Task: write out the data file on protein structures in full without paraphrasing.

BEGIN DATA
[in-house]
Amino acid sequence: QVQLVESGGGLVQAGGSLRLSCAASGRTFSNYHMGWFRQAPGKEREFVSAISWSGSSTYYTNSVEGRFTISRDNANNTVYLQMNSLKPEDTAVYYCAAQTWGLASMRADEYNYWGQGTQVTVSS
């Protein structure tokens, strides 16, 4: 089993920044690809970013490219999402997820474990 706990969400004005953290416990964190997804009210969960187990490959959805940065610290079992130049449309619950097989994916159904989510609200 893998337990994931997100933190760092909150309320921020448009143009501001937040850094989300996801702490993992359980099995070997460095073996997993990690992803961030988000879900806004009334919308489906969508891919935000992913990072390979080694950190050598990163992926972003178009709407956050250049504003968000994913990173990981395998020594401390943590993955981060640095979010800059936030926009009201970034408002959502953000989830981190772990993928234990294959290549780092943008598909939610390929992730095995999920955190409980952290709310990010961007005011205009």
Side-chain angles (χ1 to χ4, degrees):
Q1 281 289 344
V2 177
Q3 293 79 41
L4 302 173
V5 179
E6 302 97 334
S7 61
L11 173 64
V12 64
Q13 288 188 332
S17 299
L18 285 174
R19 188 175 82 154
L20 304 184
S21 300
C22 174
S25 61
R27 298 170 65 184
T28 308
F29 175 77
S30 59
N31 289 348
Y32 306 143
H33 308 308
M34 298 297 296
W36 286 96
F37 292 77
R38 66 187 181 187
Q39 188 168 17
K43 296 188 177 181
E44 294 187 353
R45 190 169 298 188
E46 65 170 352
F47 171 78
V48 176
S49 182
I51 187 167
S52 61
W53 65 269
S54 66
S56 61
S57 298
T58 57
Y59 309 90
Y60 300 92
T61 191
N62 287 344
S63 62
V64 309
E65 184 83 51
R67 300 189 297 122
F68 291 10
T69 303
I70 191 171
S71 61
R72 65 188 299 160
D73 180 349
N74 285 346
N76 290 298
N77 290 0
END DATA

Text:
[in-house]
Amino acid sequence: QVQLVESGGGLVQAGGSLRLSCAASGRTFSNYHMGWFRQAPGKEREFVSAISWSGSSTYYTNSVEGRFTISRDNANNTVYLQMNSLKPEDTAVYYCAAQTWGLASMRADEYNYWGQGTQVTVSS
């Protein structure tokens, strides 16, 4: 089993920044690809970013490219999402997820474990 706990969400004005953290416990964190997804009210969960187990490959959805940065610290079992130049449309619950097989994916159904989510609200 893998337990994931997100933190760092909150309320921020448009143009501001937040850094989300996801702490993992359980099995070997460095073996997993990690992803961030988000879900806004009334919308489906969508891919935000992913990072390979080694950190050598990163992926972003178009709407956050250049504003968000994913990173990981395998020594401390943590993955981060640095979010800059936030926009009201970034408002959502953000989830981190772990993928234990294959290549780092943008598909939610390929992730095995999920955190409980952290709310990010961007005011205009």
Side-chain angles (χ1 to χ4, degrees):
Q1 281 289 344
V2 177
Q3 293 79 41
L4 302 173
V5 179
E6 302 97 334
S7 61
L11 173 64
V12 64
Q13 288 188 332
S17 299
L18 285 174
R19 188 175 82 154
L20 304 184
S21 300
C22 174
S25 61
R27 298 170 65 184
T28 308
F29 175 77
S30 59
N31 289 348
Y32 306 143
H33 308 308
M34 298 297 296
W36 286 96
F37 292 77
R38 66 187 181 187
Q39 188 168 17
K43 296 188 177 181
E44 294 187 353
R45 190 169 298 188
E46 65 170 352
F47 171 78
V48 176
S49 182
I51 187 167
S52 61
W53 65 269
S54 66
S56 61
S57 298
T58 57
Y59 309 90
Y60 300 92
T61 191
N62 287 344
S63 62
V64 309
E65 184 83 51
R67 300 189 297 122
F68 291 10
T69 303
I70 191 171
S71 61
R72 65 188 299 160
D73 180 349
N74 285 346
N76 290 298
N77 290 0